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Chapter 24 - The Crisis of European Culture, 1871-1814

2nd Industrial Revolution

  • 1896 increased $ supply resulting from the discovery of new gold fields in South Africa and the Klondike
  • Fueled the electrical and chemical industries
  • Internal combustible engine drove electrical industries
  • Chemical: fertilizers, synthetic fibers and gasoline distillation


1. Completed the process of creating a “mass” society

  •  Europe had embraced a “mass culture”

2. Allowed countries without strong coal / iron resources to industrialize
3. Increased international competition

  • tariffs continent wide, Japan entered the market place as an industrial power

4. Ottoman Empire became more attractive to European Imperialists (Oil)
5. Industry became increasingly capital intensive
6. New social, economic, and political tensions arose throughout Europe

European Economy and the Politics of Mass Society

1872-1914 – rate of urbanization continued to boom

  • Urban centers came to dominate provincial culture as centers of production, distribution and communication

1873-1895 – Series of Economic slumps (falling prices and production) became termed as the “great depression” of the 19th century

Period of economic fluctuation rather than sustained recession

  • Agricultural boom increased recessionary cycles
  • Fertilizers created greater output – drove down prices – increased unemployment
  • Bust periods were increasingly seen as dangerous of the large amounts of capital required to enter industrial growth (electrical / chemical industries)
  • Lesson: Business cycle needed to be regulated
  • Solution: Regulation through cartels

Cartels: Combination of firms who work together to set prices and production levels

  • Oligopoly
  • Vertical Consolidation - all aspects of production
  • Horizontal Consolidation - all firms who perform same task
  • Consortiums: group of banks who pool resources to set fees and provide greater amounts of capital at a decreased risk to each member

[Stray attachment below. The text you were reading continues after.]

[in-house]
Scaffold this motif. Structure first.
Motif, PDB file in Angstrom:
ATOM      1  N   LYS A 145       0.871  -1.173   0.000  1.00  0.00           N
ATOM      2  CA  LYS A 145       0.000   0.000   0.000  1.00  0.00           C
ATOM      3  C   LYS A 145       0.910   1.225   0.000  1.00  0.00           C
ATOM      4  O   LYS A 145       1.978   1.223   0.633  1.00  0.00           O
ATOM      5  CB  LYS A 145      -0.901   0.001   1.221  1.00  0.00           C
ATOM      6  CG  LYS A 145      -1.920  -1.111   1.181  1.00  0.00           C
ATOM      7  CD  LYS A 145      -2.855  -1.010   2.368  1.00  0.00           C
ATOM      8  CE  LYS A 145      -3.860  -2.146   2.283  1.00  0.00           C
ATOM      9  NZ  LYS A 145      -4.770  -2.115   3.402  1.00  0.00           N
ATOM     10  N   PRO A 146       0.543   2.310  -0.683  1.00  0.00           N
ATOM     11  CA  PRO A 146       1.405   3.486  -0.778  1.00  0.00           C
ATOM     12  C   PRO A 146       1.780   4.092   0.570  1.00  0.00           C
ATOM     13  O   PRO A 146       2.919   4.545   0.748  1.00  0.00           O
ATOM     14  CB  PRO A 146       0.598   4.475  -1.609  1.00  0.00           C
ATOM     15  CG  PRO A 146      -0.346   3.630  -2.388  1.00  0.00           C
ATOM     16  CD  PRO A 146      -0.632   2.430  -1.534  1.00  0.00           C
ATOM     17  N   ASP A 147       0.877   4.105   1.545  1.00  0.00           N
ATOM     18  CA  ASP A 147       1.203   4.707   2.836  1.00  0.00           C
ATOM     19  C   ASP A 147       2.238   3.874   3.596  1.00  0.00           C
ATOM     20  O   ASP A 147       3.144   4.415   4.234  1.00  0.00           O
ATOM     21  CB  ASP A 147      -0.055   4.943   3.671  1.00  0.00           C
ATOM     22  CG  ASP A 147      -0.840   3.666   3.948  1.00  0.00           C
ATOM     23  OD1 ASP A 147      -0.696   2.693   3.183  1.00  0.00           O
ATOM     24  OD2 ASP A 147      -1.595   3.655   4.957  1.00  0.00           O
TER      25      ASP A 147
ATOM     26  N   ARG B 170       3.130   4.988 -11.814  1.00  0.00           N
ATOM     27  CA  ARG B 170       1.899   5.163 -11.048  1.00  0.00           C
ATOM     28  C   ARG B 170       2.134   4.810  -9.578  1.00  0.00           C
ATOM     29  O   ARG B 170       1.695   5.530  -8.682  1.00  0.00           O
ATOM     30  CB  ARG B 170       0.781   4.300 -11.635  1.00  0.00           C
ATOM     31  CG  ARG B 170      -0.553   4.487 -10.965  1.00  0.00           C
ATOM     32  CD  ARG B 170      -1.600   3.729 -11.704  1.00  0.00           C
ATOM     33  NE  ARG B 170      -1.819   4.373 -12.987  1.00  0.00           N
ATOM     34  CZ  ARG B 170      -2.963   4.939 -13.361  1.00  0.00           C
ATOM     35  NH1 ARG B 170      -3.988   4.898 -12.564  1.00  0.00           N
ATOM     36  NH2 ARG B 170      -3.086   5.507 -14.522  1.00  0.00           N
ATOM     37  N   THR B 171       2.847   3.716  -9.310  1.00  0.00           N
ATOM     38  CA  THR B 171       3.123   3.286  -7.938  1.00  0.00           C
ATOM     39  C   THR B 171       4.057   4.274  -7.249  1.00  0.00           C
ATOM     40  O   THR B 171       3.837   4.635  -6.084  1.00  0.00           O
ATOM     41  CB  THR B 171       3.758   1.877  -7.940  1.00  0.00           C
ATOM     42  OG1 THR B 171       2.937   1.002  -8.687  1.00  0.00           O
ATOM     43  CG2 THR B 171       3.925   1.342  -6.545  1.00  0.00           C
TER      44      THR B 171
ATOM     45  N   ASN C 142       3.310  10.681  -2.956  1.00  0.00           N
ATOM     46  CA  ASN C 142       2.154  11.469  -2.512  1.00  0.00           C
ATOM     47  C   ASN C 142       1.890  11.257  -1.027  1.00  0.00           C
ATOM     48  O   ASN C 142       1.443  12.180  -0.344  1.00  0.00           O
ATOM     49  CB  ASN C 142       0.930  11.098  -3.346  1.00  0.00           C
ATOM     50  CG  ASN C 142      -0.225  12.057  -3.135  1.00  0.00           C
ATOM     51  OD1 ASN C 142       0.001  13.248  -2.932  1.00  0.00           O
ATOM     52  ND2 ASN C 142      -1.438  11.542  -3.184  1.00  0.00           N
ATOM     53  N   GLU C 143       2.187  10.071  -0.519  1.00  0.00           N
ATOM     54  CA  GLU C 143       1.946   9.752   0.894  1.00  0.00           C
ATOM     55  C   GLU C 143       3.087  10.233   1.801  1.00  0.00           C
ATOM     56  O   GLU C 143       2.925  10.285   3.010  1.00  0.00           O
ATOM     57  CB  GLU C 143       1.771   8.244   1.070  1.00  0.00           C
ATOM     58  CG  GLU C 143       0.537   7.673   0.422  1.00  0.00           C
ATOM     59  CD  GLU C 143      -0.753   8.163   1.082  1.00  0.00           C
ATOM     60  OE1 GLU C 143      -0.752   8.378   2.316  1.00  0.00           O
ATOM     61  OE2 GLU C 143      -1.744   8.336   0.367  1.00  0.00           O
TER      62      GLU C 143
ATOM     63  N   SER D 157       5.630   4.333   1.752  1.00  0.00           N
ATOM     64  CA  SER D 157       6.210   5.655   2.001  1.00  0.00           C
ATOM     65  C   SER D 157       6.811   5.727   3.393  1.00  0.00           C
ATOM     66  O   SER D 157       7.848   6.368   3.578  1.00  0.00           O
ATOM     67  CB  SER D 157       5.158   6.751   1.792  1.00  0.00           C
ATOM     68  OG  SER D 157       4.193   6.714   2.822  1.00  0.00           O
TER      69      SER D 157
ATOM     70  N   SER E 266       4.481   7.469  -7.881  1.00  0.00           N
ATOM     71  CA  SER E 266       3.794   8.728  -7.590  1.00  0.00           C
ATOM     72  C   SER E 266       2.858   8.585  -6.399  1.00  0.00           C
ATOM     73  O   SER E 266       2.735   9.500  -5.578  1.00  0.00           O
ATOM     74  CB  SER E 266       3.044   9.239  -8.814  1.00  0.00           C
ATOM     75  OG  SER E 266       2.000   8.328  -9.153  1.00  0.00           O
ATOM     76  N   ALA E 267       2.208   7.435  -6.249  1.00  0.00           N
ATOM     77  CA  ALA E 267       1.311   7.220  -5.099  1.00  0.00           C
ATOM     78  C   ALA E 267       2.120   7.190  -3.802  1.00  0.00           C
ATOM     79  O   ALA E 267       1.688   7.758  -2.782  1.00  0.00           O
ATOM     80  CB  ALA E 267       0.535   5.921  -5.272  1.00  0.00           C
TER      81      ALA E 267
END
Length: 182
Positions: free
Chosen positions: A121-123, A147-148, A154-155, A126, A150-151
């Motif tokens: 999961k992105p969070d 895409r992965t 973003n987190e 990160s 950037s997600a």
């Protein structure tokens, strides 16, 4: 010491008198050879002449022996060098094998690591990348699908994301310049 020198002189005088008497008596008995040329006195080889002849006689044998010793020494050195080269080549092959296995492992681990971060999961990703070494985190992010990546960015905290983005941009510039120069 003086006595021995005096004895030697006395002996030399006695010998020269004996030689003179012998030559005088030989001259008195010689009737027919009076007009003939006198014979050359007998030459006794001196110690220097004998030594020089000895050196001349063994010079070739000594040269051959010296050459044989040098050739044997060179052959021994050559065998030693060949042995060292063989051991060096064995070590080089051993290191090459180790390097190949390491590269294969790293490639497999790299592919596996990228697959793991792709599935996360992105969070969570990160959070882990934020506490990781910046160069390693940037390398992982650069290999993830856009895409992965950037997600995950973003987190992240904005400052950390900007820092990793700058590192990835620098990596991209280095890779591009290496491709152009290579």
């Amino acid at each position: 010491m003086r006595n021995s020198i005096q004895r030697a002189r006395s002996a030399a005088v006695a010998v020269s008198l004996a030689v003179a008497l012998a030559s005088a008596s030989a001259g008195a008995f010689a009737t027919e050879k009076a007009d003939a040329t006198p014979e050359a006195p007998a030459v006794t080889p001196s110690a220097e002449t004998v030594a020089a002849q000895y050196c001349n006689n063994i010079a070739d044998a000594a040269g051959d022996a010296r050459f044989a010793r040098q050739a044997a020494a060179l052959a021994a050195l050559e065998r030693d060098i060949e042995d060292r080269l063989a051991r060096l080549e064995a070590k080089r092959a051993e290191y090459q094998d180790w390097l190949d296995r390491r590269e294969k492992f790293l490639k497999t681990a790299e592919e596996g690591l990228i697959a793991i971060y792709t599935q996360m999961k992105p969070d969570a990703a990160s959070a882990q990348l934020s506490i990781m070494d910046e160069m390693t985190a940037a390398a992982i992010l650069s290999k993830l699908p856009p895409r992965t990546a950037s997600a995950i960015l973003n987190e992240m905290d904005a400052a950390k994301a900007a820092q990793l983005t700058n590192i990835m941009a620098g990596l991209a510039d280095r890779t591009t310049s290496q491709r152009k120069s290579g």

• Tariffs were used to protect domestic industry throughout Europe (England was the exception)
  • State: Russia used state sponsorship to start industry.

Business generally welcomed greater State regulation to offset increased risks resulting from the massive capital demands and nature of heavy industry.

European Industrialization broke down into distinct geographical regions:

  • North / West = industrial
  • South / East = Agricultural

Mass Democracy Breaks form Liberalism

Trade Unions

England - 1900 declining standard of living led to the development of trade unions

  • included both skilled and unskilled labor
  • James Keir Hardie began the Labour Party to represent workers in Parliament
  • 1892 won election as a member of the House of Commons
  • 1906 Labour Party had 26 seats
  • Fabian Society - moderate Socialists who sought to create a Socialist state through reform (Intellectuals)
  • Beatrice Webb, Sidney Webb, George Bernard Shaw, Annie Besant, H.G. Wells
  • Supported the Labour Party

Impact of Fabian Society and Labour Party was to force the Liberals to reform

  • "New" Liberals led by David Lloyd George, elevated the House of Commons and expanded Govt. Welfare services
  • Trade Unions continued to grow as mistrust of the "Regulatory State" developed, Irish home rule and women's suffrage remained unsolved

Political Struggles in Germany

  • Bismarck supported a continually weak Reichstag (Iron Chancellor)
  • Worked with Liberals to attack foreign elements
  • Kulturkampf: Attack on any foreign influence (Papal influence)
  • Expelled Jesuits, removed priests from state posts, attacked rel. education and created Civil Marriages
  • Met opposition - forced to abandon program
  • Early example of German Nationalism turned exclusive

Social Democratic Party - Marxists

  • Attacked by Bismarck, by 1890 held 20% of the seats in the Reichstag
  • Bismarck began with repressive legislation and even presented social welfare programs as a means of weakening the Social Democratic Party